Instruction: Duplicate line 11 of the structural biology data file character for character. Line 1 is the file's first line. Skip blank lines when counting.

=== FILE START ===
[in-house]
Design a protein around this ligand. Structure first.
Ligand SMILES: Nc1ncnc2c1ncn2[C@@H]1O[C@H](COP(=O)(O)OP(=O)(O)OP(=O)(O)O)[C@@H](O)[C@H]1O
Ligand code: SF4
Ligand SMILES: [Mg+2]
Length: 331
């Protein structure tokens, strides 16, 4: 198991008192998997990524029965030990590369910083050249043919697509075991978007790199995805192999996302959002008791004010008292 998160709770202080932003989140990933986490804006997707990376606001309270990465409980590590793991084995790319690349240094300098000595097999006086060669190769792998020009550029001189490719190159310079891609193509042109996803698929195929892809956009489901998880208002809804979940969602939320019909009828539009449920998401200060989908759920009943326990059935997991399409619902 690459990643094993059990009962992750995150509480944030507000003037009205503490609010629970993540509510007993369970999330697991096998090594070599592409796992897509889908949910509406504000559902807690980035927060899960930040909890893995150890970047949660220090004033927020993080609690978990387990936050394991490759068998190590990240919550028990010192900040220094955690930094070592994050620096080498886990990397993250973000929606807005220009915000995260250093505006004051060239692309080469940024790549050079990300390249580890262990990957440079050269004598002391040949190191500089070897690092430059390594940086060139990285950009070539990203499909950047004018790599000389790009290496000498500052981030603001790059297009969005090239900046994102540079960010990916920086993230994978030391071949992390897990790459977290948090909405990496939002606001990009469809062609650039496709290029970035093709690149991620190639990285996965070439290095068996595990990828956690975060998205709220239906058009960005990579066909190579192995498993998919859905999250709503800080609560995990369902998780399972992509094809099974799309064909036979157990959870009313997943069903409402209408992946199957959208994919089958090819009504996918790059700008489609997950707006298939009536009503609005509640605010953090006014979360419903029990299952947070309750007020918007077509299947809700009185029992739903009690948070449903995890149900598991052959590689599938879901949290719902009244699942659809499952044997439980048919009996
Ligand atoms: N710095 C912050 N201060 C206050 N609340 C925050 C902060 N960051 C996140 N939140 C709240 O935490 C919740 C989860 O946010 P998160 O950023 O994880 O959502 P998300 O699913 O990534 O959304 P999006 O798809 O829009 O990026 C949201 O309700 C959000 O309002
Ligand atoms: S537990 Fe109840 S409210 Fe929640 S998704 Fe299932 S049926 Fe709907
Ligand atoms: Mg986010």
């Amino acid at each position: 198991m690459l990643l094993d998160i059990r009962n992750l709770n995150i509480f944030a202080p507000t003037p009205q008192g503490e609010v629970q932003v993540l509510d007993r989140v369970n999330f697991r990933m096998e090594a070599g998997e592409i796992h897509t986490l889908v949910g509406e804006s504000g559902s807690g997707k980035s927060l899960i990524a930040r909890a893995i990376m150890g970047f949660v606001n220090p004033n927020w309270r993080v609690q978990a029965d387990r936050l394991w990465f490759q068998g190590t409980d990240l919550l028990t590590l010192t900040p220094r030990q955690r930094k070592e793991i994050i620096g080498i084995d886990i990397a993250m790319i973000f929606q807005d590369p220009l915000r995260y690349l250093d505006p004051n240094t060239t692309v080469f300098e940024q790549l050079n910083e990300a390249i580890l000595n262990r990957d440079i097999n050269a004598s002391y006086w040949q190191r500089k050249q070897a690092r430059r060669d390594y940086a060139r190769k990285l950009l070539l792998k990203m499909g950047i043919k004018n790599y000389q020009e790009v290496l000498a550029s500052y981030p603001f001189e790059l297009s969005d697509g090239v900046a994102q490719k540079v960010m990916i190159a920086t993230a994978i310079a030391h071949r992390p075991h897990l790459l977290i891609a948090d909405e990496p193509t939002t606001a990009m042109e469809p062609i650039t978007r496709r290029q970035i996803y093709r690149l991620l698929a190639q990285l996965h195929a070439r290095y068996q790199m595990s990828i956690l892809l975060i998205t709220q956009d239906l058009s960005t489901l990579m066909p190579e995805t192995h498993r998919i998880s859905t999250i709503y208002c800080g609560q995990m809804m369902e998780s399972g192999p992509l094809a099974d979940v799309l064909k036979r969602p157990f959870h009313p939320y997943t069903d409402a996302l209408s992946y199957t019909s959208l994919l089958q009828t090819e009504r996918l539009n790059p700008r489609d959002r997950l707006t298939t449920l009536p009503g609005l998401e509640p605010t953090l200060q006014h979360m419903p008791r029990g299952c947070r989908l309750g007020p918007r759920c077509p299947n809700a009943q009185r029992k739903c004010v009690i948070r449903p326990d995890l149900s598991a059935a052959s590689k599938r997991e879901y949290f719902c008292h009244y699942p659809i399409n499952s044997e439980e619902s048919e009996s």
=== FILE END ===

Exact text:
């Amino acid at each position: 198991m690459l990643l094993d998160i059990r009962n992750l709770n995150i509480f944030a202080p507000t003037p009205q008192g503490e609010v629970q932003v993540l509510d007993r989140v369970n999330f697991r990933m096998e090594a070599g998997e592409i796992h897509t986490l889908v949910g509406e804006s504000g559902s807690g997707k980035s927060l899960i990524a930040r909890a893995i990376m150890g970047f949660v606001n220090p004033n927020w309270r993080v609690q978990a029965d387990r936050l394991w990465f490759q068998g190590t409980d990240l919550l028990t590590l010192t900040p220094r030990q955690r930094k070592e793991i994050i620096g080498i084995d886990i990397a993250m790319i973000f929606q807005d590369p220009l915000r995260y690349l250093d505006p004051n240094t060239t692309v080469f300098e940024q790549l050079n910083e990300a390249i580890l000595n262990r990957d440079i097999n050269a004598s002391y006086w040949q190191r500089k050249q070897a690092r430059r060669d390594y940086a060139r190769k990285l950009l070539l792998k990203m499909g950047i043919k004018n790599y000389q020009e790009v290496l000498a550029s500052y981030p603001f001189e790059l297009s969005d697509g090239v900046a994102q490719k540079v960010m990916i190159a920086t993230a994978i310079a030391h071949r992390p075991h897990l790459l977290i891609a948090d909405e990496p193509t939002t606001a990009m042109e469809p062609i650039t978007r496709r290029q970035i996803y093709r690149l991620l698929a190639q990285l996965h195929a070439r290095y068996q790199m595990s990828i956690l892809l975060i998205t709220q956009d239906l058009s960005t489901l990579m066909p190579e995805t192995h498993r998919i998880s859905t999250i709503y208002c800080g609560q995990m809804m369902e998780s399972g192999p992509l094809a099974d979940v799309l064909k036979r969602p157990f959870h009313p939320y997943t069903d409402a996302l209408s992946y199957t019909s959208l994919l089958q009828t090819e009504r996918l539009n790059p700008r489609d959002r997950l707006t298939t449920l009536p009503g609005l998401e509640p605010t953090l200060q006014h979360m419903p008791r029990g299952c947070r989908l309750g007020p918007r759920c077509p299947n809700a009943q009185r029992k739903c004010v009690i948070r449903p326990d995890l149900s598991a059935a052959s590689k599938r997991e879901y949290f719902c008292h009244y699942p659809i399409n499952s044997e439980e619902s048919e009996s």